Then He said to them, “These are the words which I spoke to you while I was still with you, that all things must be fulfilled which were written in the Law of Moses and the Prophets and the Psalms concerning Me.” And He opened their understanding, that they might comprehend the Scriptures. Then He said to them, “Thus it is written, and thus it was necessary for the Christ to suffer and to rise from the dead the third day, and that repentance and remission of sins should be preached in His name to all nations, beginning at Jerusalem. And you are witnesses of these things. Behold, I send the Promise of My Father upon you; but tarry in the city of Jerusalem until you are endued with power from on high.” (Luke 24:44-49)

No man can open his own mind, or the mind of another to the true meaning of God’s word, but this Being does it at will. In John 6:29, Jesus said “This is the work of God, that you believe in Him whom He sent.” Here, “the work of God” as defined by Jesus Christ is obviously talking about something that goes on within our heads and our hearts that no man can do for us, nor can we do it for ourselves. If we really believe in the One Sent, the work of God that He is doing in us is yet another piece of evidence of God’s “inner, effectual working” – His energia (G1753) that we defined and discussed in last week’s post.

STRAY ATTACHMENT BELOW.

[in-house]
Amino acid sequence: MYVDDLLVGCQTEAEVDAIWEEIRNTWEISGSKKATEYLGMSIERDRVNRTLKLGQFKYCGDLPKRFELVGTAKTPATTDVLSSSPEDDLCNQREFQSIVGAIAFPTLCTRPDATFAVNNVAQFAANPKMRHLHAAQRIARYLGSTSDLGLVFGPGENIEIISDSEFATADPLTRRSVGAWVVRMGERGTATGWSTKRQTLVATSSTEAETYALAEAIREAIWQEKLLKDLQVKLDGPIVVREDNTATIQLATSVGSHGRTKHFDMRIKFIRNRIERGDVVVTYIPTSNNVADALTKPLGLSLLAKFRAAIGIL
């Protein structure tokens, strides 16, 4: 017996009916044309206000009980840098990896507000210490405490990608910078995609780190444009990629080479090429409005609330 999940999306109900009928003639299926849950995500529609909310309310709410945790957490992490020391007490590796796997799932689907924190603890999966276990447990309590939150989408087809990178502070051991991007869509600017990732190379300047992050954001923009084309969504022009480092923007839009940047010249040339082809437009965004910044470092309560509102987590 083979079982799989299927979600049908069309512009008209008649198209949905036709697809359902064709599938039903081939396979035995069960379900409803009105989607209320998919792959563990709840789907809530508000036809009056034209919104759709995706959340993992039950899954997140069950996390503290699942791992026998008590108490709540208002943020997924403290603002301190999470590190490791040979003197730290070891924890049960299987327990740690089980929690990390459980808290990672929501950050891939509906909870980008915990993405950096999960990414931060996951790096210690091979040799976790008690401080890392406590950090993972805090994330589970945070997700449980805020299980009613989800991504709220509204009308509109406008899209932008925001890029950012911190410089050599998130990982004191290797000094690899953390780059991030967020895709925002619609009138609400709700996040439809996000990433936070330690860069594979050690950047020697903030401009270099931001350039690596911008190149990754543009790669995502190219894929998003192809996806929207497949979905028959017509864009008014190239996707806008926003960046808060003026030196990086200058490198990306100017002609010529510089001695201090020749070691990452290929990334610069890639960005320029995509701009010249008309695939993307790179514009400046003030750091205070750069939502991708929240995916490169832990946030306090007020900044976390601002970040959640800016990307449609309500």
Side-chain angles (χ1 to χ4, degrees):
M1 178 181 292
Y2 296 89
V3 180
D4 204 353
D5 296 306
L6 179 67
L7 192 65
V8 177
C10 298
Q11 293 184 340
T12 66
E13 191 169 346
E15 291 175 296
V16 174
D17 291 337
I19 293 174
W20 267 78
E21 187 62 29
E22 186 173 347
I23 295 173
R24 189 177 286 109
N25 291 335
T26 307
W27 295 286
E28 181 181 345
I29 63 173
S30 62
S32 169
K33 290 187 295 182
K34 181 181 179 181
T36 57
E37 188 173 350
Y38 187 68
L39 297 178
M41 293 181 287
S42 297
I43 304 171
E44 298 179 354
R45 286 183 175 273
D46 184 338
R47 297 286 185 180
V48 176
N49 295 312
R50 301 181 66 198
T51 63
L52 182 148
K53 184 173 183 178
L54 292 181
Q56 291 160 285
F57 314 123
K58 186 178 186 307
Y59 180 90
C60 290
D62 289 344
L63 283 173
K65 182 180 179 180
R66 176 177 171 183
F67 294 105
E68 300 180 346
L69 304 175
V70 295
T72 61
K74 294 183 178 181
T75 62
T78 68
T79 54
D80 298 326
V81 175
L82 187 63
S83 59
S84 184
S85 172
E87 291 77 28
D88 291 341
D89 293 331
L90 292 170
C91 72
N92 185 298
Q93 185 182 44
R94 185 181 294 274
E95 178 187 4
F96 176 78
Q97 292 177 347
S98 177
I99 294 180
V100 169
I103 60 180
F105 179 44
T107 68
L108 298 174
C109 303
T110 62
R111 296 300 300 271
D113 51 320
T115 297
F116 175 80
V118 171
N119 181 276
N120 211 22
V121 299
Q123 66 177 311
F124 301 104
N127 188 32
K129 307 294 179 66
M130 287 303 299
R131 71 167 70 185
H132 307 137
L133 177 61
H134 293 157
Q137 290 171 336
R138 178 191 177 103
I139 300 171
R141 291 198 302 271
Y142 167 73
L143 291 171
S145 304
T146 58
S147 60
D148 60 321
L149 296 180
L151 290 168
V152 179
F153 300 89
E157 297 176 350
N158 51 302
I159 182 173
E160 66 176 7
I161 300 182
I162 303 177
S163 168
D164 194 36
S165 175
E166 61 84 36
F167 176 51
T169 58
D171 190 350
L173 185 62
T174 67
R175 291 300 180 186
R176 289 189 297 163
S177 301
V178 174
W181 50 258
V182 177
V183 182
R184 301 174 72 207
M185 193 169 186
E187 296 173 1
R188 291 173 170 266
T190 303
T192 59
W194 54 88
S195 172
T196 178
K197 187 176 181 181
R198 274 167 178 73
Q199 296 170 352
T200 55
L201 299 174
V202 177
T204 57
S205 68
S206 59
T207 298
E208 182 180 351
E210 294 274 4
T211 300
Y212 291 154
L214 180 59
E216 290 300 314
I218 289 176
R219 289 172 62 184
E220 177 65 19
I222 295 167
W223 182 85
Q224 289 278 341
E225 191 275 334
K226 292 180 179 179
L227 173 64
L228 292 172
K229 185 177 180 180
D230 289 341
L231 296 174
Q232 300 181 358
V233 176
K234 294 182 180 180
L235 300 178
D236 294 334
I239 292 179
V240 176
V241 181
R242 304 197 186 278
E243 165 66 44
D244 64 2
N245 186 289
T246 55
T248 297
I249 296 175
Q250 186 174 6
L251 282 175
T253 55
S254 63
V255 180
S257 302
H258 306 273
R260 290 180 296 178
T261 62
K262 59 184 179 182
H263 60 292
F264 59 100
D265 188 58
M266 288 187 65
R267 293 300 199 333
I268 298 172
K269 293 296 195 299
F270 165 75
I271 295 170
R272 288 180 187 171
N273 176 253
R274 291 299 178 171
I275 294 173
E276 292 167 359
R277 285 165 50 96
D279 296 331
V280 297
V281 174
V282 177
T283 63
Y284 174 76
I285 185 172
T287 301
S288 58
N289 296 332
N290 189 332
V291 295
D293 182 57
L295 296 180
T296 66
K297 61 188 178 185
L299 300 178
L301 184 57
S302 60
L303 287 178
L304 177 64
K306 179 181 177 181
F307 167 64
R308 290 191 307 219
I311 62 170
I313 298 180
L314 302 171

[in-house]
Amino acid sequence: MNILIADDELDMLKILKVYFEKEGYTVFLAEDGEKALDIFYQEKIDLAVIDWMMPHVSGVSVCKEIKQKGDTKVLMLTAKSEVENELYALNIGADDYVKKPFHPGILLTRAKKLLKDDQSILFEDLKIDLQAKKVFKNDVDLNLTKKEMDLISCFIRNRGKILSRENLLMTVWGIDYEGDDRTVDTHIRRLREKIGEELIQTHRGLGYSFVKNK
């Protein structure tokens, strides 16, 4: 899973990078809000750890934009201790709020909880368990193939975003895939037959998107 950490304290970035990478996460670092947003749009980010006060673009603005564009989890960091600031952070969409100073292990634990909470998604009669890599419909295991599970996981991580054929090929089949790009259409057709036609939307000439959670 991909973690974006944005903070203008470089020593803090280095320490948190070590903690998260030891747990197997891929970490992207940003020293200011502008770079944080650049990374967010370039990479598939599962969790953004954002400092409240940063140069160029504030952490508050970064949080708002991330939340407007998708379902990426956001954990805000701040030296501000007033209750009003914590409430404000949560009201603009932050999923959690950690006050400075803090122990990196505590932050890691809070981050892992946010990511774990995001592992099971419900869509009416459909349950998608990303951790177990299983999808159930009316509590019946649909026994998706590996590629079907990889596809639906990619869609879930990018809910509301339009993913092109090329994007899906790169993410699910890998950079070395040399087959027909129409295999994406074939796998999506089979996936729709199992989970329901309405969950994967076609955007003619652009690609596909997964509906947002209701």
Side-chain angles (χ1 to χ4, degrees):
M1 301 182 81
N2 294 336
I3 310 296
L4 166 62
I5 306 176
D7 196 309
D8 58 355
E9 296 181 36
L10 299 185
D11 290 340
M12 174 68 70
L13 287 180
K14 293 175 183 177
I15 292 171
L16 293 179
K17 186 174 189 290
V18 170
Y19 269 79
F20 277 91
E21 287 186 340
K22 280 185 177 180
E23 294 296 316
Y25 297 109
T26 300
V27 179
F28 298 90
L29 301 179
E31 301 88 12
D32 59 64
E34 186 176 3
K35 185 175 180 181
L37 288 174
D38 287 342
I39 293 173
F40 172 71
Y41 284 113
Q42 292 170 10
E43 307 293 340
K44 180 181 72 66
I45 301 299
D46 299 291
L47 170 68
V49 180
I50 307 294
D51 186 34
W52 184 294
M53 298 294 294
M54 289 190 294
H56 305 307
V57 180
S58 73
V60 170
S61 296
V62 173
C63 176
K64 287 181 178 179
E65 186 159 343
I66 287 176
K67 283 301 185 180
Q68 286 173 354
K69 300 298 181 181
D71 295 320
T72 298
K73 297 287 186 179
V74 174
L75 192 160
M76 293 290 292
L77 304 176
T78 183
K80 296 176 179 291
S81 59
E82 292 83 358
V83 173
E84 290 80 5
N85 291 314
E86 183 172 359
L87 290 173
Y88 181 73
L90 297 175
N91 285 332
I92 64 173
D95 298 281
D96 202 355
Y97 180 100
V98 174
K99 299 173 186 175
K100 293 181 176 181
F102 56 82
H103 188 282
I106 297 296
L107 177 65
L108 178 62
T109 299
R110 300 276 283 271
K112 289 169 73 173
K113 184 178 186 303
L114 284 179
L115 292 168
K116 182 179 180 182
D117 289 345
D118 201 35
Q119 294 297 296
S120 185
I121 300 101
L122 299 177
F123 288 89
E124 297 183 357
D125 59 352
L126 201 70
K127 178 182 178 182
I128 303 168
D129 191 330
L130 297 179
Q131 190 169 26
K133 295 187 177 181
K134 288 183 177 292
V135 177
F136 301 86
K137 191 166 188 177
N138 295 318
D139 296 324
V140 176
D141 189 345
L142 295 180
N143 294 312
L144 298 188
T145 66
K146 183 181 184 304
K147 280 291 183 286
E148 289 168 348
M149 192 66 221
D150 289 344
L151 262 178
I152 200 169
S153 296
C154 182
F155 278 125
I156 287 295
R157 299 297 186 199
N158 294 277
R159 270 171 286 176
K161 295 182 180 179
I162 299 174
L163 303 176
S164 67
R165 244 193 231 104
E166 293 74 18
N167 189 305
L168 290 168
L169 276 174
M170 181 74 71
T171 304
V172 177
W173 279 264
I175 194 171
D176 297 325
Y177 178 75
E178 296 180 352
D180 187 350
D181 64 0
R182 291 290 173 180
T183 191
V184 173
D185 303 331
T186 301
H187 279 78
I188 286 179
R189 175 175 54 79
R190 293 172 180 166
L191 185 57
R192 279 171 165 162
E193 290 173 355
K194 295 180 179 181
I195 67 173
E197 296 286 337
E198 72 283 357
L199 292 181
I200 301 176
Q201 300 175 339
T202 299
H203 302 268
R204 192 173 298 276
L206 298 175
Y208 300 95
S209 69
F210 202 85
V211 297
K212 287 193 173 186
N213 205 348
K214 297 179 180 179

Follow in Suffering

God's Faithfulness To Christ | BaptismForLife.wordpress.comThere are many things that contribute to our ability to understand and react in the right way to God’s word – our life experiences, frustrations, our failures to “overcome” on our own, our failure to impose our will upon God (that’s a big one!). All of that adds up to one word: suffering. Jesus Christ submitted Himself to suffering as an example to us, and I really don’t think anything contributes as much to God’s end goal for us as our suffering while we follow the example of Jesus Christ.

Let this mind be in you which was also in Christ Jesus, who, being in the form of God, did not consider it robbery to be equal with God, but made Himself of no reputation, taking the form of a bondservant, and coming in the likeness of men. And being found in appearance as a man, He humbled Himself and became obedient to the point of death, even the death of the cross. Therefore God also has highly exalted Him and given Him the name which is above every name (Phil. 2:5-9)

A great reward followed this suffering, but look at the mindset that it took to achieve that end. This is the mind of Christ, which is supposed to be in our minds as well.